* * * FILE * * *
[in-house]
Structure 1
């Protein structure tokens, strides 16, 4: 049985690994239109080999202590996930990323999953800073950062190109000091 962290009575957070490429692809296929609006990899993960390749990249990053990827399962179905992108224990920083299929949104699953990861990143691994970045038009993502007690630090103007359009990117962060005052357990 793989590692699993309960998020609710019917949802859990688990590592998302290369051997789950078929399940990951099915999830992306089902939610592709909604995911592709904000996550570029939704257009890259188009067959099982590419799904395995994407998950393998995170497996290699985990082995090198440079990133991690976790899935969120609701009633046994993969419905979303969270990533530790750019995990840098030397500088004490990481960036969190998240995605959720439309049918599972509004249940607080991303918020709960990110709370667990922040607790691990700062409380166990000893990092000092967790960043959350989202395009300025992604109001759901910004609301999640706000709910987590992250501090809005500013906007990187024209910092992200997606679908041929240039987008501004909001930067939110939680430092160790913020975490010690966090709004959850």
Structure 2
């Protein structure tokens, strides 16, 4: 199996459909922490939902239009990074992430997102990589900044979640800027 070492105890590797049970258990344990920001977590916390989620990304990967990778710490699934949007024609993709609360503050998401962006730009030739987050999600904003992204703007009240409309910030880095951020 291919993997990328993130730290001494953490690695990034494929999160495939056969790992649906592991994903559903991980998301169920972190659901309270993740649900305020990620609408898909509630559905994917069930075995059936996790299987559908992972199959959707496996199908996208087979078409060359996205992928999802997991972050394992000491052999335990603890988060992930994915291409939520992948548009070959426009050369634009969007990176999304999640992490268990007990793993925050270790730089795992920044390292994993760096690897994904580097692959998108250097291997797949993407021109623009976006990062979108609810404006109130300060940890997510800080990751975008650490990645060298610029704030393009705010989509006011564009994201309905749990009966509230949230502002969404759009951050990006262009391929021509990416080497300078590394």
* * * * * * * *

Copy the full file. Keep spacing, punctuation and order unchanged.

[in-house]
Structure 1
């Protein structure tokens, strides 16, 4: 049985690994239109080999202590996930990323999953800073950062190109000091 962290009575957070490429692809296929609006990899993960390749990249990053990827399962179905992108224990920083299929949104699953990861990143691994970045038009993502007690630090103007359009990117962060005052357990 793989590692699993309960998020609710019917949802859990688990590592998302290369051997789950078929399940990951099915999830992306089902939610592709909604995911592709904000996550570029939704257009890259188009067959099982590419799904395995994407998950393998995170497996290699985990082995090198440079990133991690976790899935969120609701009633046994993969419905979303969270990533530790750019995990840098030397500088004490990481960036969190998240995605959720439309049918599972509004249940607080991303918020709960990110709370667990922040607790691990700062409380166990000893990092000092967790960043959350989202395009300025992604109001759901910004609301999640706000709910987590992250501090809005500013906007990187024209910092992200997606679908041929240039987008501004909001930067939110939680430092160790913020975490010690966090709004959850």
Structure 2
């Protein structure tokens, strides 16, 4: 199996459909922490939902239009990074992430997102990589900044979640800027 070492105890590797049970258990344990920001977590916390989620990304990967990778710490699934949007024609993709609360503050998401962006730009030739987050999600904003992204703007009240409309910030880095951020 291919993997990328993130730290001494953490690695990034494929999160495939056969790992649906592991994903559903991980998301169920972190659901309270993740649900305020990620609408898909509630559905994917069930075995059936996790299987559908992972199959959707496996199908996208087979078409060359996205992928999802997991972050394992000491052999335990603890988060992930994915291409939520992948548009070959426009050369634009969007990176999304999640992490268990007990793993925050270790730089795992920044390292994993760096690897994904580097692959998108250097291997797949993407021109623009976006990062979108609810404006109130300060940890997510800080990751975008650490990645060298610029704030393009705010989509006011564009994201309905749990009966509230949230502002969404759009951050990006262009391929021509990416080497300078590394």